Authorities can initiate proceedings against Facebook in any EU country

According to Advocate General Michal Bobek, data protection authorities will in future be able to punish violations of Facebook in every EU member state. The expert believes that the fact that the group has its European headquarters in Dublin is irrelevant.

Facebook has its European headquarters in Ireland.  If the advocate general's opinion prevails, the tech group is threatened with more proceedings in other countries.

GAccording to an important EU expert, cross-border proceedings for violations of the General Data Protection Regulation may not only be initiated by those data protection authorities in which the company concerned has its EU headquarters. According to the Advocate General of the European Court of Justice, Michal Bobek, on Wednesday in Luxembourg (case C-645/19), the GDPR, which has been in effect since May 2018, provides that in certain situations the authorities that are not in charge can also act.

The background to this is a dispute over the processing of personal data by Facebook in Belgium. Facebook Belgium claims, citing the GDPR, that the national data protection authority is not responsible. Rather, the EU rules stipulate that the data protection authority of the country in which the main office of Facebook in the EU is responsible – i.e. the Irish one. A Belgian court therefore wanted to know from the ECJ whether the GDPR actually prevented other data protection authorities from bringing legal proceedings against violations of the GDPR in cross-border data processing in their country.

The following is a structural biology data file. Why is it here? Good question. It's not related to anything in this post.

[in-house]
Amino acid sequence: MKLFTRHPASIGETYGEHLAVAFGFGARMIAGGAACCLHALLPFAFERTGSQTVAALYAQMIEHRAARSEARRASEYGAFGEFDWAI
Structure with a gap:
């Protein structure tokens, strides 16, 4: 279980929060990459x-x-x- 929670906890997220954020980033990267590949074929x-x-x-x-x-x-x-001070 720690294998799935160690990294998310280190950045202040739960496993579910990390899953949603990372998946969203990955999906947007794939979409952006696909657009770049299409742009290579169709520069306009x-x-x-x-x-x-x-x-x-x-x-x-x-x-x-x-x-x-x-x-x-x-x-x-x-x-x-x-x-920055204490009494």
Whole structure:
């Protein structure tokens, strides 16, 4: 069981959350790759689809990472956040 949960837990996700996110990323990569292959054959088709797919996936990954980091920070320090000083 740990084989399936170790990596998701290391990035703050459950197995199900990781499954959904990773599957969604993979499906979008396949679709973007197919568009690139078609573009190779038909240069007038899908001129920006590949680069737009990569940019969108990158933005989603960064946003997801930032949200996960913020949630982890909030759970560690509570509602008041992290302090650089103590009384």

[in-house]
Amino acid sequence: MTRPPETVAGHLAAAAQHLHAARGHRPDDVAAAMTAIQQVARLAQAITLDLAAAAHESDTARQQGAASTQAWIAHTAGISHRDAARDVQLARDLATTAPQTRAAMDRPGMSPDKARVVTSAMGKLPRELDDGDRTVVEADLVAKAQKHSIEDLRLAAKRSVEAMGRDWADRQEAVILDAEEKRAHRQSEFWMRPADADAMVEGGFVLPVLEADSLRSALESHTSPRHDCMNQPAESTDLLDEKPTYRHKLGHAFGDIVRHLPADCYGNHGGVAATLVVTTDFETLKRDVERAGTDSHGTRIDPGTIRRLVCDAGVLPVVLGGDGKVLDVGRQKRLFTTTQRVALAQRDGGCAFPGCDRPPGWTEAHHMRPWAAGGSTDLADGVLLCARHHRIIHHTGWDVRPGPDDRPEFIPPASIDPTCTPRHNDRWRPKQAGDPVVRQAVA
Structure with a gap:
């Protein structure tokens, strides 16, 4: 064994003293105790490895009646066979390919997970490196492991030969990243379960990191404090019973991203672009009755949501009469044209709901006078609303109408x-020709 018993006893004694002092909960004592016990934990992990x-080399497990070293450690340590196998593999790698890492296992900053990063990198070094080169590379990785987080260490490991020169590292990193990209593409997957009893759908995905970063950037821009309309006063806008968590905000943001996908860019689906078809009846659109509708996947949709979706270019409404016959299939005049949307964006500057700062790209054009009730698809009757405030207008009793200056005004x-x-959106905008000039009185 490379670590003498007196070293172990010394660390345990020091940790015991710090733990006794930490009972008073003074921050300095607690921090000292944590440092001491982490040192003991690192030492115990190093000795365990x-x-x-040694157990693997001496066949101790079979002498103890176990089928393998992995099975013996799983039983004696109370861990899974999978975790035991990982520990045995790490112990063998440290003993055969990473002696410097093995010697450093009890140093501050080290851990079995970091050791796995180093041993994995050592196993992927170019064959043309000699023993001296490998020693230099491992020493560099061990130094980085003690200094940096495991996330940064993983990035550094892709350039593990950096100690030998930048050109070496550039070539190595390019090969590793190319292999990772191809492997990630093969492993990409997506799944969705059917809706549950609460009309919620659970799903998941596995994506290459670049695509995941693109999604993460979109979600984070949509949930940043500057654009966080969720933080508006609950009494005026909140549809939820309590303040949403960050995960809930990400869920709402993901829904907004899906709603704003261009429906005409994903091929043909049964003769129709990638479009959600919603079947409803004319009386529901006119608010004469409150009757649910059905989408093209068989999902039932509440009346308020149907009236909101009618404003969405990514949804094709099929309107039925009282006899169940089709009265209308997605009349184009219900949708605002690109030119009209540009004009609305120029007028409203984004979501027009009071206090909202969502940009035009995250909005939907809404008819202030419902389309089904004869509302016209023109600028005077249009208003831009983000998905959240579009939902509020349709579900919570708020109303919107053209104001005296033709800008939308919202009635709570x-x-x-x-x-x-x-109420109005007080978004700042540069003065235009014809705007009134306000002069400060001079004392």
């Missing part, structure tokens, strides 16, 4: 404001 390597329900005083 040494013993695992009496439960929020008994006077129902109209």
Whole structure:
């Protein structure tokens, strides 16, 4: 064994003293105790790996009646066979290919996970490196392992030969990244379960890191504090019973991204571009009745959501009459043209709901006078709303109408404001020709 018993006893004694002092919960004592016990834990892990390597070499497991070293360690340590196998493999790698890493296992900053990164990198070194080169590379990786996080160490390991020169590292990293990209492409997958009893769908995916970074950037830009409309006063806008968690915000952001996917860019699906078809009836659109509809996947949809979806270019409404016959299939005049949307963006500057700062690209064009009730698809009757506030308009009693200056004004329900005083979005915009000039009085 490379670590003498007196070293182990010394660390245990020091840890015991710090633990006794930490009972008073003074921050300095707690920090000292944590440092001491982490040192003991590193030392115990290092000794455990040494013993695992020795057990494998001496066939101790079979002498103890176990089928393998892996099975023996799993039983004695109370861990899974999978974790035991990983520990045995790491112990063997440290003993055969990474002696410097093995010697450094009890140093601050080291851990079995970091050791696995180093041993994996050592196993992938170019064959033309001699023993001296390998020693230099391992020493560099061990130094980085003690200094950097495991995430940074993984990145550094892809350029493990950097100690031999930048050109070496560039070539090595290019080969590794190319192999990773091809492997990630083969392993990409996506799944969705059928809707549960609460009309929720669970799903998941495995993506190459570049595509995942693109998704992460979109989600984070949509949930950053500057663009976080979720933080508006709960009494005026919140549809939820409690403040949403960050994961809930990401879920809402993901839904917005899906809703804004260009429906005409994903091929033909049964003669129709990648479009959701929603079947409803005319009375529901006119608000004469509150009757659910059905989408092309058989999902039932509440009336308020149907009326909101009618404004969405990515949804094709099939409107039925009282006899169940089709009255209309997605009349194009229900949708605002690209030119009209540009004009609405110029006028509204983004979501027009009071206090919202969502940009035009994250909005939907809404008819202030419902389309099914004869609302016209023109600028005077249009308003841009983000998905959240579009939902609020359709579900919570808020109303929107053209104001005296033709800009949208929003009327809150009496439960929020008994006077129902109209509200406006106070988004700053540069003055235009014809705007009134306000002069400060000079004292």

Intervention in urgent matters

Advocate General Bobek now underlined the “general competence” of the lead data protection authority in such cases. The other data protection authorities would consequently have less powers. Under certain circumstances, however, the non-lead authorities could also initiate proceedings for cross-border data processing. As a reason for this, Bobak cited particular urgency or the fact that the lead authority had decided not to deal with the case.

The GDPR regulates the processing of personal data in the EU, for example by companies, organizations or associations. This should give users back sovereignty over their data.

The opinion is not binding for the ECJ judges, but they often follow the position of the advocate general. A judgment should be made in the coming months. The Belgian court then has to rule on the specific case.